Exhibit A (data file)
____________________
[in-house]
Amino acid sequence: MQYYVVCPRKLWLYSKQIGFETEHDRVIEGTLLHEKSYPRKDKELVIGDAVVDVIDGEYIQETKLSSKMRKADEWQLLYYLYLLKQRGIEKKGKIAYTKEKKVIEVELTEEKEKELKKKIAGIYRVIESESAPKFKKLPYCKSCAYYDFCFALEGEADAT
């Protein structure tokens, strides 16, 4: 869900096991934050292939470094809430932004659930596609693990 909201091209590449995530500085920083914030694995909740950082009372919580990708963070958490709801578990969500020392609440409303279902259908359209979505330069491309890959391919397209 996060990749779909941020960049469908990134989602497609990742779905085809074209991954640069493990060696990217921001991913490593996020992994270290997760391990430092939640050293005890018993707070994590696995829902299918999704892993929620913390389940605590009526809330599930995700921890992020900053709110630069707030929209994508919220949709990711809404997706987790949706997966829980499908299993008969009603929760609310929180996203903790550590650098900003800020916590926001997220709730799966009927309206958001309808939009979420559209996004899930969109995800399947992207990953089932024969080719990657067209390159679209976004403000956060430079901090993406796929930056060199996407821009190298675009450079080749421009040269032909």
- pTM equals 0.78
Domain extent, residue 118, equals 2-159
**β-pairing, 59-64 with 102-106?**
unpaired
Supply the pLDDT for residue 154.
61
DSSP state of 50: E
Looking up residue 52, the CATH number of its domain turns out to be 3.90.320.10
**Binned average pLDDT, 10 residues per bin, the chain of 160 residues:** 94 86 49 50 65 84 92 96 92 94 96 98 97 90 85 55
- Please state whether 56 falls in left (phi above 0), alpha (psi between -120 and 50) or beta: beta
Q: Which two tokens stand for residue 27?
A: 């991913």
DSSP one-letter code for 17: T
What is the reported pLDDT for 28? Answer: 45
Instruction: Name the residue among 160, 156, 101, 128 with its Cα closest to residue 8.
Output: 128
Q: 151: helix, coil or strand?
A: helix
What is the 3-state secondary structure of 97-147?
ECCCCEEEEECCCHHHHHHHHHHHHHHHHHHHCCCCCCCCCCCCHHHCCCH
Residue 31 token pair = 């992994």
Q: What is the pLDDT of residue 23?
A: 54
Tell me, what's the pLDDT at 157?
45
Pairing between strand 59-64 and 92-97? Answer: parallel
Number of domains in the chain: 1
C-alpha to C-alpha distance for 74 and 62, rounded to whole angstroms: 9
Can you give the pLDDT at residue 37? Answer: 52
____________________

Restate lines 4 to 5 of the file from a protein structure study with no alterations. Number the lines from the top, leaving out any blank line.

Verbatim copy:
- pTM equals 0.78
Domain extent, residue 118, equals 2-159